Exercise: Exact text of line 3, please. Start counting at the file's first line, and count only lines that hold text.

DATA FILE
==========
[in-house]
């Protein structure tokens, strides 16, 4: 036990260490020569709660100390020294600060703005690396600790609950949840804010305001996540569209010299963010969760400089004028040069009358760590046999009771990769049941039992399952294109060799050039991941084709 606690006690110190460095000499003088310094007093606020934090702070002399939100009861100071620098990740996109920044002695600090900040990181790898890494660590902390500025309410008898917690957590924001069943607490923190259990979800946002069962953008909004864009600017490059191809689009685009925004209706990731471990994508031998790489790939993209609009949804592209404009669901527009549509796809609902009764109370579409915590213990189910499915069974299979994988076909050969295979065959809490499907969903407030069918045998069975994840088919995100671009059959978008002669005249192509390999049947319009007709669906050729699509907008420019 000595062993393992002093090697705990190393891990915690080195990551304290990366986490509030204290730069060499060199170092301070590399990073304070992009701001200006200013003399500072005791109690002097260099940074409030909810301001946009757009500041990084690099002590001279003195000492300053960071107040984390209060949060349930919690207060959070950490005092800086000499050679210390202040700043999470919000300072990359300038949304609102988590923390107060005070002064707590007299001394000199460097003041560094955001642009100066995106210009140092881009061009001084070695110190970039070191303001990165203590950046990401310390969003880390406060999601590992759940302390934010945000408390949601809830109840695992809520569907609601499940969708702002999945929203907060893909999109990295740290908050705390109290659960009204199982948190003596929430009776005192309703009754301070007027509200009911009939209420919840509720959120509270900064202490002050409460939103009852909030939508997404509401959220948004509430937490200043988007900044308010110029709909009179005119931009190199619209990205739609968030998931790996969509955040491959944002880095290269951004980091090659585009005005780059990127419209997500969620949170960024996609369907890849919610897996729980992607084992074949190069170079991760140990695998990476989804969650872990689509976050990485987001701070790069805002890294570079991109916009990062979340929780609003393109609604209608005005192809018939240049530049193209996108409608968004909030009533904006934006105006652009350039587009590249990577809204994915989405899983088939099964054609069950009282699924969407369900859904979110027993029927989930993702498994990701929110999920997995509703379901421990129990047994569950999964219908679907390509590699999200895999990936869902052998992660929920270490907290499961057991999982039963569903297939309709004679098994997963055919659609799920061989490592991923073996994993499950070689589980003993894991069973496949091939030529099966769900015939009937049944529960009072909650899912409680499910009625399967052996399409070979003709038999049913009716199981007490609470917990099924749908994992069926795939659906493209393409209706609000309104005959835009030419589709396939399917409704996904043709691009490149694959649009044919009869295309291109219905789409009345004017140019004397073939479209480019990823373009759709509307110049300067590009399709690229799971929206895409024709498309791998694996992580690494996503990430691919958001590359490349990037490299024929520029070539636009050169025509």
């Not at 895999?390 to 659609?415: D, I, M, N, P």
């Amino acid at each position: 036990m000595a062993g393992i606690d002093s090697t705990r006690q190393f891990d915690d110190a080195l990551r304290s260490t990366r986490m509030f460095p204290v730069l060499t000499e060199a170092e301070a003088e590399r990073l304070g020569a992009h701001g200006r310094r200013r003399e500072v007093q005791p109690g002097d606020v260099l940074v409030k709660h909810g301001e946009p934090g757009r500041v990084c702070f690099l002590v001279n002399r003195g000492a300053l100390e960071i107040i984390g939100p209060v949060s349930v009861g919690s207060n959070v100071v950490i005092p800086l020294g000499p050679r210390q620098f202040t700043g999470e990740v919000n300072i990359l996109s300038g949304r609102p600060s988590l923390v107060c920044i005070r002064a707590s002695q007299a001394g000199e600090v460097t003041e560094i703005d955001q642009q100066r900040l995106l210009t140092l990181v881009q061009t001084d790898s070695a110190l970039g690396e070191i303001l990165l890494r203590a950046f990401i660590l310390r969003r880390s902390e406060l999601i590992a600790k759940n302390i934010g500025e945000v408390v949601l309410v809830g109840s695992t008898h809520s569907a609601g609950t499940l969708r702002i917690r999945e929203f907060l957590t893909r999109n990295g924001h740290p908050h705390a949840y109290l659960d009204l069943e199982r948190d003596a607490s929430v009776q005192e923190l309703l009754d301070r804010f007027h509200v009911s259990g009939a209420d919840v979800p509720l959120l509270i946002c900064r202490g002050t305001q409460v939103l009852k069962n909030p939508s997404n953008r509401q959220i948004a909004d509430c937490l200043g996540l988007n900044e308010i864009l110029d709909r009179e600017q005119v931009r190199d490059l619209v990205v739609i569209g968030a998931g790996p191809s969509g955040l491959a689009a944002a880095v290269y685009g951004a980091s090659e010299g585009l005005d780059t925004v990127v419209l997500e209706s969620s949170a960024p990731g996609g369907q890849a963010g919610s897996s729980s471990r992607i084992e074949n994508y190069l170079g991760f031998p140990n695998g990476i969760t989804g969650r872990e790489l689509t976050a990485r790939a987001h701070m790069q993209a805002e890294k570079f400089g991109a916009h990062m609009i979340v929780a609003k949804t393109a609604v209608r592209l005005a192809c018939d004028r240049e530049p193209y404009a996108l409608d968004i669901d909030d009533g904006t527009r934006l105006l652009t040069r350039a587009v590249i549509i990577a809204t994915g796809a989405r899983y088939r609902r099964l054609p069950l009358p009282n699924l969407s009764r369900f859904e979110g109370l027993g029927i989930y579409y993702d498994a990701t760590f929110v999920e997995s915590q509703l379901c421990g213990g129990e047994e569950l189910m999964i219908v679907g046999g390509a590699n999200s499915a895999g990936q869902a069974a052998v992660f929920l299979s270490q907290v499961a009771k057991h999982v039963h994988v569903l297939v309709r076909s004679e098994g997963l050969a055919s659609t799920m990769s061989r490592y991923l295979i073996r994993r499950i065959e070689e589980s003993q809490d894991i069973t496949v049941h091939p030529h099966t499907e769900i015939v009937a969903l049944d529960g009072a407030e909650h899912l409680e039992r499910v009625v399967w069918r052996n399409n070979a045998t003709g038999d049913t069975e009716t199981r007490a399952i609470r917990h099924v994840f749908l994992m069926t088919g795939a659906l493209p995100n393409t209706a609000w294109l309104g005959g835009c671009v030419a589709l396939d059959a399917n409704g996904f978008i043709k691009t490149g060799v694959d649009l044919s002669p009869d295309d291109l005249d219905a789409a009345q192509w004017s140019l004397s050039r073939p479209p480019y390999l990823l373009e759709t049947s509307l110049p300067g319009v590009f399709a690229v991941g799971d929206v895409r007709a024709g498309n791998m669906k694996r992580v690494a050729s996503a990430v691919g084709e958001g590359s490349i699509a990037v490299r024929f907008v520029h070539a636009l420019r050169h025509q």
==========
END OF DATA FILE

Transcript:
């Not at 895999?390 to 659609?415: D, I, M, N, P």